Macrobiotic Dietary Guidelines

Whole Cereal Grains
On average, 50 percent of daily intake by weight should include whole cereal grains such as brown rice, millet, barley, whole oats, corn, rye, wheat, and buckwheat. A portion of this amount may consist of noodles or pasta, unyeasted whole grain breads, and other processed grains or grain products such as couscous, bulghur, and oatmeal.


About 5 to 10 percent of daily food (1 to 2 cups or bowls) may include soup made with seasonal vegetables and seasoned with miso, shoyu (natural soy sauce), or sea salt.


About 25 to 30 percent of daily food ideally include vegetables, locally and organically grown whenever possible. Vegetables may be cooked in various styles such as steaming, boiling, sautéed with a small amount of sesame oil, and occasionally deep-fried or made tempura style as health permits. A small portion may be eaten occasionally as fresh, raw salad, pressed salad, or as pickles.


Beans and Sea Vegetables
About 5 to 10 percent of daily diet may include cooked beans, bean products such as tofu or tempeh, and sea vegetables such as nori and wakame.


Seasonings, Condiments, and Pickles
Regular seasonings include sea salt, miso, and natural shoyu. Cooking oil should be plant quality only, especially unrefined sesame oil (light or dark) or corn oil. Condiments include gomashio (sesame seed salt), umeboshi plums, and tekka.


For drinking or cooking, good quality water (preferably natural spring, well water, or filtered water) may be used. Daily beverages include bancha twig tea, brown rice tea, and roasted barley tea. Any traditional tea that does not have an aromatic fragrance or a stimulating effect may be used. Vegetable and fruit juices (especially carrot juice and apple cider) may be taken occasionally, and mineral water, beer, sake, or wine in moderation as health permits.


Supplemental Foods (for generally healthy persons)

  • Fish and Seafood
  • Fresh low-fat, white-meat fish such as cod, flounder, or sole once or twice a week in moderate volume, if desired.
  • Fruit, Seeds, and Nuts
  • Fruit, including fresh, dried, and cooked fruits, may be taken several times a week. Local and organically grown fruits are preferred, such as apples, cherries, pears, peaches, apricots, berries, and melons. Nuts and seeds such as pumpkin seeds, sesame seeds, sunflower seeds, hazelnuts, almonds, and others may be enjoyed as a snack.
  • Natural Snacks and Desserts
  • Snacks and desserts such as mochi, sushi, puddings, natural gelatins, rice cakes, pies, cakes, and cookies may be taken several times a week as health permits. These are made with wholesome, high quality ingredients (including no eggs, refined flour, or dairy) and naturally sweetened with a grain-based sweetener such as amasake, barley malt, or rice syrup or with fruit or fruit juice. Kuzu root may be used as a thickener and agar agar or arrowroot for a gelatin base.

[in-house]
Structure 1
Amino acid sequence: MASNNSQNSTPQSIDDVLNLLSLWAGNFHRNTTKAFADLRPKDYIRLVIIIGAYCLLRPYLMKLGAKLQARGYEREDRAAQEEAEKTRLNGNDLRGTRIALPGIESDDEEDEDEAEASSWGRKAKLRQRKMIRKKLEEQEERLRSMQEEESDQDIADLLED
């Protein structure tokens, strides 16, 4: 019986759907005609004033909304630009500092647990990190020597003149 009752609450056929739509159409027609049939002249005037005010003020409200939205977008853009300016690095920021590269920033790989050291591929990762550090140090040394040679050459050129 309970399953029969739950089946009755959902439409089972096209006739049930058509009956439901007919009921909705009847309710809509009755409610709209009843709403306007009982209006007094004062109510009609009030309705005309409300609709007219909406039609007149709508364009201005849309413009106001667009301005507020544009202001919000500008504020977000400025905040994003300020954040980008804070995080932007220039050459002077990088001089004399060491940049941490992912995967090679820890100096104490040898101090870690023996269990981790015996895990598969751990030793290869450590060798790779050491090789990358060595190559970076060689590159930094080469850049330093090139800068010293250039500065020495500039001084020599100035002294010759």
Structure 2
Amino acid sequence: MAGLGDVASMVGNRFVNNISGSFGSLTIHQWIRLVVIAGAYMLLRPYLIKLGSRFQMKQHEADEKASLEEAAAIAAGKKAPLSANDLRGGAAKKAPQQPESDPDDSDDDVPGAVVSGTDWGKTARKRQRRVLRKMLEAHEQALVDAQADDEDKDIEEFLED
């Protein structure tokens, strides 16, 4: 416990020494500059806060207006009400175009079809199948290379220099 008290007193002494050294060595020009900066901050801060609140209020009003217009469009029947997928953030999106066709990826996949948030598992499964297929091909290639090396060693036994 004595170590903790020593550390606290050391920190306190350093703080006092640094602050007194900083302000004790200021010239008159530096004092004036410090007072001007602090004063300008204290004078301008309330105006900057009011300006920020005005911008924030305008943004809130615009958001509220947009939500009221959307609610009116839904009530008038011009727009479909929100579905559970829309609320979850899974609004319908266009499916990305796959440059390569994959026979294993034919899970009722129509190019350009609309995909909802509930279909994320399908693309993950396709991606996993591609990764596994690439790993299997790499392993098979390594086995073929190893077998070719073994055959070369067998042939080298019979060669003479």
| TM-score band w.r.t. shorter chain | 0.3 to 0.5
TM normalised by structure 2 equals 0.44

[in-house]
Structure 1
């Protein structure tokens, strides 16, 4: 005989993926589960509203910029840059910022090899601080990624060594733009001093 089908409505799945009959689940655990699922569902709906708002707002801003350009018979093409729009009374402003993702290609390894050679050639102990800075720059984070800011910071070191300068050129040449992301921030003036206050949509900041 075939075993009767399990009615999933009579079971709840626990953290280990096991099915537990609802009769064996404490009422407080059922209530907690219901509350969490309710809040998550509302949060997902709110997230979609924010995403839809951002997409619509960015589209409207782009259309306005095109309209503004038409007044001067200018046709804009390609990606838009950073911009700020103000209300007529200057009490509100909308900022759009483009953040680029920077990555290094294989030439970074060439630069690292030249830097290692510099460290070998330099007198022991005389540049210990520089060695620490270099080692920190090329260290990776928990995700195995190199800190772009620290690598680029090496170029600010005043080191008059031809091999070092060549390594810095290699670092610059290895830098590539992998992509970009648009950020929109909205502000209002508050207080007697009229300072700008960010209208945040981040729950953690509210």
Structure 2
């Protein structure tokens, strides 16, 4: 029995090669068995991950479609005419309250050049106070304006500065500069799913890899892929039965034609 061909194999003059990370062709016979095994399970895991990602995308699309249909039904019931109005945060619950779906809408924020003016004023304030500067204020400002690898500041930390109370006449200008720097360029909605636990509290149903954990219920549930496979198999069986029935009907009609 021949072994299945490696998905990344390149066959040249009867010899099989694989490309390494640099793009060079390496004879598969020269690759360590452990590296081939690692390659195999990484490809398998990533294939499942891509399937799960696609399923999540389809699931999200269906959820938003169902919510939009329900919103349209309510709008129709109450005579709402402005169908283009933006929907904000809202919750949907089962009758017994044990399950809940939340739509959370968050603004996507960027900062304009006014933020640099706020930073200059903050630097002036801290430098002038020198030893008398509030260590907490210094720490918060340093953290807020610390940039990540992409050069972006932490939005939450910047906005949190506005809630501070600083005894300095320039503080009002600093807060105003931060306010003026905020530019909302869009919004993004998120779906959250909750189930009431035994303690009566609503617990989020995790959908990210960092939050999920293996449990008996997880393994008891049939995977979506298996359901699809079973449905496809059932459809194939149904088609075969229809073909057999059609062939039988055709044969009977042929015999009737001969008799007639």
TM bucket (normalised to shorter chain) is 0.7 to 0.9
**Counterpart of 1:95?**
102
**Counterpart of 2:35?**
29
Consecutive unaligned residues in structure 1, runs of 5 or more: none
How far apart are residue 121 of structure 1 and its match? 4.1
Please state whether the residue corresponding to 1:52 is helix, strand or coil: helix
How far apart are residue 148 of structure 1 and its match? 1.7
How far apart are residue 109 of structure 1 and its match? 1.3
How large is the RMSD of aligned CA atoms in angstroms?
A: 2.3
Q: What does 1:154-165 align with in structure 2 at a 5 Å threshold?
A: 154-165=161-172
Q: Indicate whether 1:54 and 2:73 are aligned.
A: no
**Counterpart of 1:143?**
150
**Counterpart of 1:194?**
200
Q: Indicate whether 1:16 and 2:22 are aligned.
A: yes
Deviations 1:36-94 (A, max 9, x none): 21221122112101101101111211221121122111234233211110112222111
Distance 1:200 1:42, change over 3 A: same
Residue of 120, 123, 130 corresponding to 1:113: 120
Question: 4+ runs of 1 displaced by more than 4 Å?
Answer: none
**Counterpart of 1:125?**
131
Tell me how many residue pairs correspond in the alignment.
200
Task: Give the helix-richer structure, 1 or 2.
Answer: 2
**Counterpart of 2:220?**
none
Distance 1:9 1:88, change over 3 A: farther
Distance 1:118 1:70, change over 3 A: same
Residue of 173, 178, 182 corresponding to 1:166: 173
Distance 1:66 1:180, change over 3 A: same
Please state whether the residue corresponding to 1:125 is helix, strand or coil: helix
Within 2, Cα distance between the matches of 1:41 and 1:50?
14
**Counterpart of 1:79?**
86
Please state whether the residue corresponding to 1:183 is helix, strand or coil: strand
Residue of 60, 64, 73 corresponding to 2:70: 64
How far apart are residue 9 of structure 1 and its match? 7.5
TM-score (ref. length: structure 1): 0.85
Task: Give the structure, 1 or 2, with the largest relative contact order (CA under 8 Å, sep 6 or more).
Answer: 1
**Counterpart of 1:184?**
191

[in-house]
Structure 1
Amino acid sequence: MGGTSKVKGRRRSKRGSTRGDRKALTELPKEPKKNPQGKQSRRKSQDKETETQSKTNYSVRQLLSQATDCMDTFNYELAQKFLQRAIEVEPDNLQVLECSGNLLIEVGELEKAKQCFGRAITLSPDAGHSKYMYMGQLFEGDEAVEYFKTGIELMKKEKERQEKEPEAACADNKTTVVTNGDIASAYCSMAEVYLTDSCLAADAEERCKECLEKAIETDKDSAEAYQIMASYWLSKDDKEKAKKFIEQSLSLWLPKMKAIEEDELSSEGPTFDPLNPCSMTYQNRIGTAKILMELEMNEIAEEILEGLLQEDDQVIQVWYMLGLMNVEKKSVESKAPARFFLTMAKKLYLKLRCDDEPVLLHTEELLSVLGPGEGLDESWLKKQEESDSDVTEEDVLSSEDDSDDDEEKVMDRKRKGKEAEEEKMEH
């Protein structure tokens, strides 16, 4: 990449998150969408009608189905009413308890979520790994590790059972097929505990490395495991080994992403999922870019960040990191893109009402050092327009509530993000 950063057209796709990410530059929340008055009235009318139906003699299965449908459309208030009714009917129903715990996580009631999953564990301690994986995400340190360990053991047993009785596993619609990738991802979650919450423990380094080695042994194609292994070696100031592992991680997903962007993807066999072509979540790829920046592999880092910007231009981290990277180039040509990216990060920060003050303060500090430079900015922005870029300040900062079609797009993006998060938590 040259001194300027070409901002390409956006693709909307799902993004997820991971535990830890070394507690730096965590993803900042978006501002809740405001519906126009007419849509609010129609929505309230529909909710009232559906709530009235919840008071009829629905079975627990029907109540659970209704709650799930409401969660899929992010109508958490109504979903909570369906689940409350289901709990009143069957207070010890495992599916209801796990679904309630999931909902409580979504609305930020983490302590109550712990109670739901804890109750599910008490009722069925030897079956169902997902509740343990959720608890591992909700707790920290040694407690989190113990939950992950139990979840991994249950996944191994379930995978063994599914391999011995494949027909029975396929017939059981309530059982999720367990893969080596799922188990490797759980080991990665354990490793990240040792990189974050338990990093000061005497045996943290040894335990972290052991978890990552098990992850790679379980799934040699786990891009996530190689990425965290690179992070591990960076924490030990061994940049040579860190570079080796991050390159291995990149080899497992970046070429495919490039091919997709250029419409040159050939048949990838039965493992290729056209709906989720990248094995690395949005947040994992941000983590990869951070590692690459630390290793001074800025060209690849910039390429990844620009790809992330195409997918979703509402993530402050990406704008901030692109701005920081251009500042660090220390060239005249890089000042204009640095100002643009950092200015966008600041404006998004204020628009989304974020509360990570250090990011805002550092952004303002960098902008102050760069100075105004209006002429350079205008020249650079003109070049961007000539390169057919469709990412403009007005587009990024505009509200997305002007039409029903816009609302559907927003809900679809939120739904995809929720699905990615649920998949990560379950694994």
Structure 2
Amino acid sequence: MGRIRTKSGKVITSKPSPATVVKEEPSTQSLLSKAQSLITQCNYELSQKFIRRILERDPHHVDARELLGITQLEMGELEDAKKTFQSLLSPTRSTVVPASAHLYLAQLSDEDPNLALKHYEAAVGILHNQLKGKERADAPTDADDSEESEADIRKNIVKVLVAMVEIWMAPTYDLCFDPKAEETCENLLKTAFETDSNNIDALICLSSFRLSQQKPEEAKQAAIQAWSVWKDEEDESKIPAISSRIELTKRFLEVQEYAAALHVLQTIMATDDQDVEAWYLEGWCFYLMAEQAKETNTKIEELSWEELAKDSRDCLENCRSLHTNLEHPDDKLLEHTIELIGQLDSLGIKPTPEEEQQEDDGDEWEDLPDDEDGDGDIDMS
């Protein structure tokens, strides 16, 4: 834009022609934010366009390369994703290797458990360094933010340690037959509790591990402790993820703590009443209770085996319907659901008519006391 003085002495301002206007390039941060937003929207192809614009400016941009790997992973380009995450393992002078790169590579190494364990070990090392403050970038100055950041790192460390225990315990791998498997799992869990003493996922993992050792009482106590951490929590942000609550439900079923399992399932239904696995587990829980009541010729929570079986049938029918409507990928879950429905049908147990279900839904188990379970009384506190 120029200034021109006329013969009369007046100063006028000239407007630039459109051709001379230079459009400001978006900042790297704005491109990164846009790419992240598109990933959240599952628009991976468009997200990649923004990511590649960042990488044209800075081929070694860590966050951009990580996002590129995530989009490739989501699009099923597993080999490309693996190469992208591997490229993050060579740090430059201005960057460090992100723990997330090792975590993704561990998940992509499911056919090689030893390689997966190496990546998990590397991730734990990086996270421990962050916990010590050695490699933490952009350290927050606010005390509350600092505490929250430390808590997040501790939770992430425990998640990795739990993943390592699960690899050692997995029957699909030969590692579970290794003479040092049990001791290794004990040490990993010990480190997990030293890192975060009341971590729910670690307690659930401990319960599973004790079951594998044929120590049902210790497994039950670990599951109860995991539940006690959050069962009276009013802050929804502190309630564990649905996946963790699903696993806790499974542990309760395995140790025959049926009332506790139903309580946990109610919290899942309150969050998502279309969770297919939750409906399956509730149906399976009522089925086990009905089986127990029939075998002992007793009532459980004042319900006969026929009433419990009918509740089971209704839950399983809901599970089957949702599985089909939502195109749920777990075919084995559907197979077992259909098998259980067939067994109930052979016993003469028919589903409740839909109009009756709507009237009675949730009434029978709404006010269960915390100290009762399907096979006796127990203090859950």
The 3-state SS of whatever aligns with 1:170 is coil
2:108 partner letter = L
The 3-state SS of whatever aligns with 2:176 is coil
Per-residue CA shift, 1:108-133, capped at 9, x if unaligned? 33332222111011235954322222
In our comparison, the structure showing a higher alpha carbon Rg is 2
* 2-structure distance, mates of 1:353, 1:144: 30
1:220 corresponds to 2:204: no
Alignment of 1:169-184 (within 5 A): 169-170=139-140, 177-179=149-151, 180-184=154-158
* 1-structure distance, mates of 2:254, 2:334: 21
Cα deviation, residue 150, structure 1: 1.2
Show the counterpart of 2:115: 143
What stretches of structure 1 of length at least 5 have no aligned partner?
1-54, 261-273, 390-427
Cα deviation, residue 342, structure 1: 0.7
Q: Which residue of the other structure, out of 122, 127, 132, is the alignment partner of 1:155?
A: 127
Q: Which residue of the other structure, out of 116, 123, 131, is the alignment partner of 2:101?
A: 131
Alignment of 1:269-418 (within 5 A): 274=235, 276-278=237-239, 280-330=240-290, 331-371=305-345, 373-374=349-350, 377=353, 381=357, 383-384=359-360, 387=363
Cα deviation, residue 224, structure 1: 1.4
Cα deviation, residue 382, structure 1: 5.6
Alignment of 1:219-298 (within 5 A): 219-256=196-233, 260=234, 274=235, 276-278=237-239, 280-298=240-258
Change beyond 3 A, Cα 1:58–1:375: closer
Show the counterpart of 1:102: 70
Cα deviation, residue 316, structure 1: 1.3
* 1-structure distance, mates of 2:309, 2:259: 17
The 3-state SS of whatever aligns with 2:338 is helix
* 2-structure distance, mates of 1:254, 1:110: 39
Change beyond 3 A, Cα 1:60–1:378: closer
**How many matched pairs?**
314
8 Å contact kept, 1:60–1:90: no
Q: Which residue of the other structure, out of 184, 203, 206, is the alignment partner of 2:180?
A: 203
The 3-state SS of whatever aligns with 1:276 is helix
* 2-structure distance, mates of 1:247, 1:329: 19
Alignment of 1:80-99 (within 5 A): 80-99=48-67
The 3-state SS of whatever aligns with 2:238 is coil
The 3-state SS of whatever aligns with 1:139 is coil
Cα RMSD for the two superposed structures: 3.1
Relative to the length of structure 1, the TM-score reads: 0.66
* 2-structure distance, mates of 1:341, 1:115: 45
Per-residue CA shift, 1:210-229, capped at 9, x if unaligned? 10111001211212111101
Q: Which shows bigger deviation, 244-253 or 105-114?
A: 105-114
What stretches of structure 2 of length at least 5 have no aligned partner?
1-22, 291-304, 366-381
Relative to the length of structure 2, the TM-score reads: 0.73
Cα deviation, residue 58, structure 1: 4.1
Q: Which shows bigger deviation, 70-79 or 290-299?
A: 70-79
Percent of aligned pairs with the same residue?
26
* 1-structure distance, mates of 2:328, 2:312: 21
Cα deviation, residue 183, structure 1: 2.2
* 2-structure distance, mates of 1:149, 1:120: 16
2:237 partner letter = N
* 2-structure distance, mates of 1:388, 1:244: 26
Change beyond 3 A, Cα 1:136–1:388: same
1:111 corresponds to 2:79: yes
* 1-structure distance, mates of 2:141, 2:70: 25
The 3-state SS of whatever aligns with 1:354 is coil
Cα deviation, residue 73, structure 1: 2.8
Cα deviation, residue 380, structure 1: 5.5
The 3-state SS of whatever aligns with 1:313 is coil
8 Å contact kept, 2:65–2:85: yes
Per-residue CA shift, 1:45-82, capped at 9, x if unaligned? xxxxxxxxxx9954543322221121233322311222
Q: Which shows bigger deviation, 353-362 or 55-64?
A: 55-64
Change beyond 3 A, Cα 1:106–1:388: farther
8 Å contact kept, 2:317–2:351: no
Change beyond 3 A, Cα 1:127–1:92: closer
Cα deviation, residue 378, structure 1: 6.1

General Diet & Environmental Guidelines
While the Standard Macrobiotic Diet features a wide range of flexibility, certain foods are customarily restricted for better health as well as the preservation of the natural environment. These include:

  • Meat and meat products
  • Eggs, chicken, and other poultry
  • Dairy foods, including milk, cheese, butter, cream, yoghurt, and ice cream
  • Hydrogenated, partially-hydrogenated fats/oils (e.g., margarine and soy margarine)
  • Irradiated foods and genetically engineered foods
  • Chemical and artificial additives, preservatives, and sweeteners (e.g., saccharin)
  • Ingredients not naturally occurring in nature
  • Refined sugar, fructose, sucrose and most other refined sweeteners
  • Vitamins, supplements, hormones, extracts, etc.
  • Chemicalized tap and distilled water
    · Table salt, iodised salt, and gray sea salt
  • Yeast and baking soda
  • Conventional agriculture and cultivation that utilizes pesticides, fungicides, herbicides, chemical fertilizers, and other potentially harmful substances
  • High temperature processing
  • Non-recyclable packaging and aluminium packaging
  • Tropical products in temperate climate zones (and vice versa)
  • Microwaved foods or foods cooked on an electric range or stove